by Theresa Machemer/Smithsonianmag.com
On May 12, a routine inspection of a robotic arm on the International Space Station revealed a five-millimeter-wide hole in its thermal covering.
According to a statement by the Canadian Space Agency, the robotic arm known as Canadarm2 collided with a small piece of orbital debris—also known as space junk. The exact object that punched a hole in the robotic arm is unknown. Because the object only damaged the thermal blanket of the arm boom, and not a piece of electronics or machinery, the arm will continue to carry out its planned missions, Ashley Strickland reports for CNN.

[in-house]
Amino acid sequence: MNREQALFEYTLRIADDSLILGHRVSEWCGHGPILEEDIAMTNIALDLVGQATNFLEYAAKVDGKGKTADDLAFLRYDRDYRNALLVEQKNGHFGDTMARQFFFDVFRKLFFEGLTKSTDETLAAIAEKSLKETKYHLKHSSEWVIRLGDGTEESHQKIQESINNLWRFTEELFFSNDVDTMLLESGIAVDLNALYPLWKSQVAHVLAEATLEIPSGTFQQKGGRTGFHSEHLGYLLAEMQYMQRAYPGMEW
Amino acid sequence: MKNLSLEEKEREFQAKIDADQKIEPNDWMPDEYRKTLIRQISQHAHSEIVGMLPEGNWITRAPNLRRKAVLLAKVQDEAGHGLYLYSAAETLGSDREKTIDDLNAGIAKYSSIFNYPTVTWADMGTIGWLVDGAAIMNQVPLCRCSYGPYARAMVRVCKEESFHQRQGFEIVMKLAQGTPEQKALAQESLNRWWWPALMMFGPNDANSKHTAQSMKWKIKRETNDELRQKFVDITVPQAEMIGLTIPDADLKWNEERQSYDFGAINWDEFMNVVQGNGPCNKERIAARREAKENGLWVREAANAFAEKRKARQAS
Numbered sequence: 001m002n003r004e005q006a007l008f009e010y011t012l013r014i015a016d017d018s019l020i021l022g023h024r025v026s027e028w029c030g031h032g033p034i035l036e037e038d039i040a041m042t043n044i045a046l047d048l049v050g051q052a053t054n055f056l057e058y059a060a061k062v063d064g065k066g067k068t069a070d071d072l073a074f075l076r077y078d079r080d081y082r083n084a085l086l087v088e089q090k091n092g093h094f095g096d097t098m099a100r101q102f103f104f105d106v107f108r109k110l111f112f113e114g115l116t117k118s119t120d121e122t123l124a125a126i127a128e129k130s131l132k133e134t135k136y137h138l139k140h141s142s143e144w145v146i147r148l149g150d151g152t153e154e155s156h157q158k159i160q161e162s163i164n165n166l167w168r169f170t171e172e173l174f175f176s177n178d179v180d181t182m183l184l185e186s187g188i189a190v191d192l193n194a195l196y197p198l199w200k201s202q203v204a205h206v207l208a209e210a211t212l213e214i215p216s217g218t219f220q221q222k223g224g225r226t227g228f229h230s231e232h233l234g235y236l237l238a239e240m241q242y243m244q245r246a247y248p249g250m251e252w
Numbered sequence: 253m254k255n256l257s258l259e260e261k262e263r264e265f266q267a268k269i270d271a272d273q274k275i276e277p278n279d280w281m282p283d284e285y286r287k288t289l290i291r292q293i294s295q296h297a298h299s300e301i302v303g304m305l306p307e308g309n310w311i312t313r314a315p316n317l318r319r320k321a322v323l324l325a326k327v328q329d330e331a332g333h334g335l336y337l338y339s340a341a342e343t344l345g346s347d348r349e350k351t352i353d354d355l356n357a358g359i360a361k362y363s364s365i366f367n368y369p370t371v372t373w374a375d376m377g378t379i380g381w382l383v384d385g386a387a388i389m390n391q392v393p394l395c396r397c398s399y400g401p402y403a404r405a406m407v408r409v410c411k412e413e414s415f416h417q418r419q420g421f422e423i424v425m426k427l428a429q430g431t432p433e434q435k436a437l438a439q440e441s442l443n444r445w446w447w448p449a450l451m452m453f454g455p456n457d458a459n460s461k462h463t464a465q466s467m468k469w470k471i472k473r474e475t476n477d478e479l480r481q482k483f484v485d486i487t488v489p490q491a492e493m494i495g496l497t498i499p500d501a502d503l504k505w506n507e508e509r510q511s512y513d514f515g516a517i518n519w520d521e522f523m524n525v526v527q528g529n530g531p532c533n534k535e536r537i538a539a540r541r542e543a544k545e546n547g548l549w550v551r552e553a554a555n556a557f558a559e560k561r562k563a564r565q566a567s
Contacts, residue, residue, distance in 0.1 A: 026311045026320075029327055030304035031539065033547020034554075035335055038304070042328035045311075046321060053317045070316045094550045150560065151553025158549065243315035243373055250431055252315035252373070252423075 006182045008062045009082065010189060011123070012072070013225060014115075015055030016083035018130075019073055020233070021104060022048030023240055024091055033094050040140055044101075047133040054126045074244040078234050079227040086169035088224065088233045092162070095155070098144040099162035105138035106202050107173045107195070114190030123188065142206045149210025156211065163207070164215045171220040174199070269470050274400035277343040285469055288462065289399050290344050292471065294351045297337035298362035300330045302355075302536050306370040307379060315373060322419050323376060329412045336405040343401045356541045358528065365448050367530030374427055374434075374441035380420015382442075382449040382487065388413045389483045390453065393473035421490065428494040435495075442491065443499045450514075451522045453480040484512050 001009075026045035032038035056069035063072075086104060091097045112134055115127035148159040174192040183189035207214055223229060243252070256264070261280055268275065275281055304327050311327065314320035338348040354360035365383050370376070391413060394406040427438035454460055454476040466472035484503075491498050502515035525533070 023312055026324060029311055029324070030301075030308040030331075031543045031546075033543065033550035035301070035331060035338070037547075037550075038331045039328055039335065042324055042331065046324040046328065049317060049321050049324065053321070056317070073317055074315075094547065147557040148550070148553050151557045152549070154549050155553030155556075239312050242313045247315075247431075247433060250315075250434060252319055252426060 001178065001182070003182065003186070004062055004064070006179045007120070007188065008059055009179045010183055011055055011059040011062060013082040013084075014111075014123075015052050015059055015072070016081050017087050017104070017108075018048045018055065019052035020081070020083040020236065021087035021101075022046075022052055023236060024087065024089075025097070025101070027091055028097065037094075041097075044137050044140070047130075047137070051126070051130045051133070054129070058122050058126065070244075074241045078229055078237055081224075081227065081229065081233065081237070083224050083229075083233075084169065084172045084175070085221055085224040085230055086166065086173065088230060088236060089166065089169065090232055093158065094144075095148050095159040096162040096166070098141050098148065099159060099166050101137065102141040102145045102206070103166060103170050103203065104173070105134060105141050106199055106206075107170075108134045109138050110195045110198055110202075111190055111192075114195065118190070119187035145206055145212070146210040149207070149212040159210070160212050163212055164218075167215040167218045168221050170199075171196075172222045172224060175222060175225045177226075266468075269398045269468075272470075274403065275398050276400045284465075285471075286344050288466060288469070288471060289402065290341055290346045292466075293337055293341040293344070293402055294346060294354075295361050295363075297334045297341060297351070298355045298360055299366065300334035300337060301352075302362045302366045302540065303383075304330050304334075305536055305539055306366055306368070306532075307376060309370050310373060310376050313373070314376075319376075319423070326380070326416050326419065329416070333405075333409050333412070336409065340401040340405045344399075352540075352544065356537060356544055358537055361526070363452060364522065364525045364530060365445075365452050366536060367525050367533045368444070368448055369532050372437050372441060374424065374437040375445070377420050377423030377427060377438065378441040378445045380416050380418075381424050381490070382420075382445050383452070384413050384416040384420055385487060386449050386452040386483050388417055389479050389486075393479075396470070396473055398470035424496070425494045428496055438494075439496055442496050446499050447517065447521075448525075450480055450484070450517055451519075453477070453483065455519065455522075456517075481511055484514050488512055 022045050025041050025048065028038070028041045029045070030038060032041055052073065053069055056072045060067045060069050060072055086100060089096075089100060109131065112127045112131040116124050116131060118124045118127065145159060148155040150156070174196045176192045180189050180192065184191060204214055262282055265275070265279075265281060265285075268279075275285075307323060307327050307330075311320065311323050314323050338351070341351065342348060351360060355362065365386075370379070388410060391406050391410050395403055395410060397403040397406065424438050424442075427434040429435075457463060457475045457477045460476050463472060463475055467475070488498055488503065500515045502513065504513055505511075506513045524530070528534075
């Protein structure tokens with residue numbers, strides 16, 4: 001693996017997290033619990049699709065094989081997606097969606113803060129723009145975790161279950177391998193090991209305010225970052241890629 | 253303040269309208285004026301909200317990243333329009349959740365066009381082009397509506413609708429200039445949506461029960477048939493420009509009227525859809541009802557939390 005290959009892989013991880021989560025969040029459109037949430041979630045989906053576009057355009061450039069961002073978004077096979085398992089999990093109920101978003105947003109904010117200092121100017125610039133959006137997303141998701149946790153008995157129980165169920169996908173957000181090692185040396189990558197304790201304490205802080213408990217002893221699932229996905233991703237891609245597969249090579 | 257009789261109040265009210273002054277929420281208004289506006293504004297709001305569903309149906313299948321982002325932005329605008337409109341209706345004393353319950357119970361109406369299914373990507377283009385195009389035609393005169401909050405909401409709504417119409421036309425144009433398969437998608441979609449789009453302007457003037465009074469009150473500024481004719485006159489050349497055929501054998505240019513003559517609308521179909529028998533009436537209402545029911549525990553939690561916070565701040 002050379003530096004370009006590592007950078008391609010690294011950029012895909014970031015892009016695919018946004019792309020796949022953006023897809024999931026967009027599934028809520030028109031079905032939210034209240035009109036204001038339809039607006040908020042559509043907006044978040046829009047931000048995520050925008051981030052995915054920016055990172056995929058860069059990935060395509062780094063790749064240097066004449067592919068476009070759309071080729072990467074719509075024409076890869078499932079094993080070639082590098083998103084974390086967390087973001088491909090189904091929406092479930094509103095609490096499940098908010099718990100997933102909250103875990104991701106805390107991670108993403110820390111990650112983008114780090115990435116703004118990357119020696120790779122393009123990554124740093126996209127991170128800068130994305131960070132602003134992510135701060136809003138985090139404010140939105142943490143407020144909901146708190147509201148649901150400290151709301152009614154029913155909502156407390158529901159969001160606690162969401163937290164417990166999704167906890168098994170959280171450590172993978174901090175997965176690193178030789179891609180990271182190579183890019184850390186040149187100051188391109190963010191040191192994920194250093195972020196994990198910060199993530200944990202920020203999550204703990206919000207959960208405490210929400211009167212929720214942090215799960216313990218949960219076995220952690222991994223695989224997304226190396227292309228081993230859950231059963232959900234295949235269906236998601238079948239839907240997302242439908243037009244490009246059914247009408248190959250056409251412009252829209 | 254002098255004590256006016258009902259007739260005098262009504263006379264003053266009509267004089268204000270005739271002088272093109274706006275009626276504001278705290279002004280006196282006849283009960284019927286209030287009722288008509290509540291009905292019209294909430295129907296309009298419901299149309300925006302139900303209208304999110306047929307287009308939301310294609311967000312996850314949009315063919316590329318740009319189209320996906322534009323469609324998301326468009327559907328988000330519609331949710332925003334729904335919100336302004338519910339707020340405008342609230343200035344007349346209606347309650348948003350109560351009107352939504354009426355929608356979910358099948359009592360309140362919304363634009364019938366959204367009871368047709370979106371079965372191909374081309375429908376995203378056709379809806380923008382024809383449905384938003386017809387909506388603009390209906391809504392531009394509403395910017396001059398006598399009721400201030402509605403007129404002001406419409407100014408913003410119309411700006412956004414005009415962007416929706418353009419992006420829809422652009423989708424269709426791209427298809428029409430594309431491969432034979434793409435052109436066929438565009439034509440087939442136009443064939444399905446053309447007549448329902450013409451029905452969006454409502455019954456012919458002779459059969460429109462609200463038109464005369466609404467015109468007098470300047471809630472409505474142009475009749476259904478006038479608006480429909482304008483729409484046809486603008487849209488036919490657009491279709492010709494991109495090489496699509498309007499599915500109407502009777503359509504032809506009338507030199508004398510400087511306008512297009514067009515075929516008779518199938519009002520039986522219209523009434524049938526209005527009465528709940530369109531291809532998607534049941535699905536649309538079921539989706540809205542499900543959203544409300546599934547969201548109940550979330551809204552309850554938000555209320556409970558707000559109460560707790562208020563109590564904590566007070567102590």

“The threat of collisions is taken very seriously. NASA has a long-standing set of guidelines to ensure the safety of Station crew,” says the Canadian Space Agency in its statement. “The safety of astronauts on board the orbiting laboratory remains the top priority of all Station partners.”
Earth is surrounded by orbiting debris: about 8,000 metric tons of it, as of January 1, 2020, reported Elizabeth Gamillo for Smithsonian in January. The U.S. Space Surveillance Network tracks about 23,000 objects that are larger than the size of a softball, writes Elizabeth Howell for Space.com. But there are tens of millions of pieces of debris smaller than a centimeter wide that are too small to be monitored.